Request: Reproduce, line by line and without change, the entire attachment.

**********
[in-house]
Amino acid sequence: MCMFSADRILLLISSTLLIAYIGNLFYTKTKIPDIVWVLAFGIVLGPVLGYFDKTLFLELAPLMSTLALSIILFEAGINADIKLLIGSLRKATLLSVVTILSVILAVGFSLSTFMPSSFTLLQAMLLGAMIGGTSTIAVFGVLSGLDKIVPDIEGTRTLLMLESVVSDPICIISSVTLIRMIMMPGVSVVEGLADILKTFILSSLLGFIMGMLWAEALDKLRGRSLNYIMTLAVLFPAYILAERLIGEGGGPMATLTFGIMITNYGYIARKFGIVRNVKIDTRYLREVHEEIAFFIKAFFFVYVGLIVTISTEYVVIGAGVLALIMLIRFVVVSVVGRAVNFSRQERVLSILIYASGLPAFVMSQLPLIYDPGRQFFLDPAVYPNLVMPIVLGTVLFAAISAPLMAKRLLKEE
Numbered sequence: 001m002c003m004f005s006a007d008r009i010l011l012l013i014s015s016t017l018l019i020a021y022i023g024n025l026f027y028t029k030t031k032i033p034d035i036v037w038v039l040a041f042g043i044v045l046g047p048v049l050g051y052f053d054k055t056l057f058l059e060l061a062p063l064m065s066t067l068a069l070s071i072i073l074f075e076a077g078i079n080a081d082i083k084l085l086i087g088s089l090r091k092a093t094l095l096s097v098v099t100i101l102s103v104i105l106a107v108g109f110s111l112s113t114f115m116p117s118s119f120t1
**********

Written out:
[in-house]
Amino acid sequence: MCMFSADRILLLISSTLLIAYIGNLFYTKTKIPDIVWVLAFGIVLGPVLGYFDKTLFLELAPLMSTLALSIILFEAGINADIKLLIGSLRKATLLSVVTILSVILAVGFSLSTFMPSSFTLLQAMLLGAMIGGTSTIAVFGVLSGLDKIVPDIEGTRTLLMLESVVSDPICIISSVTLIRMIMMPGVSVVEGLADILKTFILSSLLGFIMGMLWAEALDKLRGRSLNYIMTLAVLFPAYILAERLIGEGGGPMATLTFGIMITNYGYIARKFGIVRNVKIDTRYLREVHEEIAFFIKAFFFVYVGLIVTISTEYVVIGAGVLALIMLIRFVVVSVVGRAVNFSRQERVLSILIYASGLPAFVMSQLPLIYDPGRQFFLDPAVYPNLVMPIVLGTVLFAAISAPLMAKRLLKEE
Numbered sequence: 001m002c003m004f005s006a007d008r009i010l011l012l013i014s015s016t017l018l019i020a021y022i023g024n025l026f027y028t029k030t031k032i033p034d035i036v037w038v039l040a041f042g043i044v045l046g047p048v049l050g051y052f053d054k055t056l057f058l059e060l061a062p063l064m065s066t067l068a069l070s071i072i073l074f075e076a077g078i079n080a081d082i083k084l085l086i087g088s089l090r091k092a093t094l095l096s097v098v099t100i101l102s103v104i105l106a107v108g109f110s111l112s113t114f115m116p117s118s119f120t1